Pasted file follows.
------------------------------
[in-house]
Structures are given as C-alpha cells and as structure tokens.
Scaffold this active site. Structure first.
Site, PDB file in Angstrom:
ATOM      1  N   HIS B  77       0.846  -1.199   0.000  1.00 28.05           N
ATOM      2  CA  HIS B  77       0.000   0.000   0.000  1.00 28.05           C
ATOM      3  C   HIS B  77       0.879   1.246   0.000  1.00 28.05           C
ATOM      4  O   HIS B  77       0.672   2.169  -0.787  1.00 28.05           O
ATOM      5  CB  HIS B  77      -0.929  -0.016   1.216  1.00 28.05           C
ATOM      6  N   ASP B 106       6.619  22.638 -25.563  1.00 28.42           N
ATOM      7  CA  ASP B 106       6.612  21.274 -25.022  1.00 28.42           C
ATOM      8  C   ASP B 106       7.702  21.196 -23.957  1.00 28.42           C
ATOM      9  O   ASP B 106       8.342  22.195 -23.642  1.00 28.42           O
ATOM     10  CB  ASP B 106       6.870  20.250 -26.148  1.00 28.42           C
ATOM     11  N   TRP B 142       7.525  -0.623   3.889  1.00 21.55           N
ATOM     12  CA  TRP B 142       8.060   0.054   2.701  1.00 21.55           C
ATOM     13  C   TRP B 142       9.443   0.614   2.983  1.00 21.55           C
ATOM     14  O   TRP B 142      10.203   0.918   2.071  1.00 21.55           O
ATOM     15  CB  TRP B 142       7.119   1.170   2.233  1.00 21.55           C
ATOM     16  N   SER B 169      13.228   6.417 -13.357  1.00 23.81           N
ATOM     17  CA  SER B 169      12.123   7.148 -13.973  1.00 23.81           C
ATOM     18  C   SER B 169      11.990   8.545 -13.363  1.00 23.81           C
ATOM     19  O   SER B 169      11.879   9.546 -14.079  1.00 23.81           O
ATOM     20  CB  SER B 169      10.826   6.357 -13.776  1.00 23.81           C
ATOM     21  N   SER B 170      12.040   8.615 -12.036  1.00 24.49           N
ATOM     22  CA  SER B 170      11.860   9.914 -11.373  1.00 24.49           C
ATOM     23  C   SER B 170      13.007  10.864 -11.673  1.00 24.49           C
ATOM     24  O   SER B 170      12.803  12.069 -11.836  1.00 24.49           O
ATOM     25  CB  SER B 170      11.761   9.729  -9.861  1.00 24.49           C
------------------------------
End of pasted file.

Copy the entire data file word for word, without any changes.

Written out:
[in-house]
Structures are given as C-alpha cells and as structure tokens.
Scaffold this active site. Structure first.
Site, PDB file in Angstrom:
ATOM      1  N   HIS B  77       0.846  -1.199   0.000  1.00 28.05           N
ATOM      2  CA  HIS B  77       0.000   0.000   0.000  1.00 28.05           C
ATOM      3  C   HIS B  77       0.879   1.246   0.000  1.00 28.05           C
ATOM      4  O   HIS B  77       0.672   2.169  -0.787  1.00 28.05           O
ATOM      5  CB  HIS B  77      -0.929  -0.016   1.216  1.00 28.05           C
ATOM      6  N   ASP B 106       6.619  22.638 -25.563  1.00 28.42           N
ATOM      7  CA  ASP B 106       6.612  21.274 -25.022  1.00 28.42           C
ATOM      8  C   ASP B 106       7.702  21.196 -23.957  1.00 28.42           C
ATOM      9  O   ASP B 106       8.342  22.195 -23.642  1.00 28.42           O
ATOM     10  CB  ASP B 106       6.870  20.250 -26.148  1.00 28.42           C
ATOM     11  N   TRP B 142       7.525  -0.623   3.889  1.00 21.55           N
ATOM     12  CA  TRP B 142       8.060   0.054   2.701  1.00 21.55           C
ATOM     13  C   TRP B 142       9.443   0.614   2.983  1.00 21.55           C
ATOM     14  O   TRP B 142      10.203   0.918   2.071  1.00 21.55           O
ATOM     15  CB  TRP B 142       7.119   1.170   2.233  1.00 21.55           C
ATOM     16  N   SER B 169      13.228   6.417 -13.357  1.00 23.81           N
ATOM     17  CA  SER B 169      12.123   7.148 -13.973  1.00 23.81           C
ATOM     18  C   SER B 169      11.990   8.545 -13.363  1.00 23.81           C
ATOM     19  O   SER B 169      11.879   9.546 -14.079  1.00 23.81           O
ATOM     20  CB  SER B 169      10.826   6.357 -13.776  1.00 23.81           C
ATOM     21  N   SER B 170      12.040   8.615 -12.036  1.00 24.49           N
ATOM     22  CA  SER B 170      11.860   9.914 -11.373  1.00 24.49           C
ATOM     23  C   SER B 170      13.007  10.864 -11.673  1.00 24.49           C
ATOM     24  O   SER B 170      12.803  12.069 -11.836  1.00 24.49           O
ATOM     25  CB  SER B 170      11.761   9.729  -9.861  1.00 24.49           C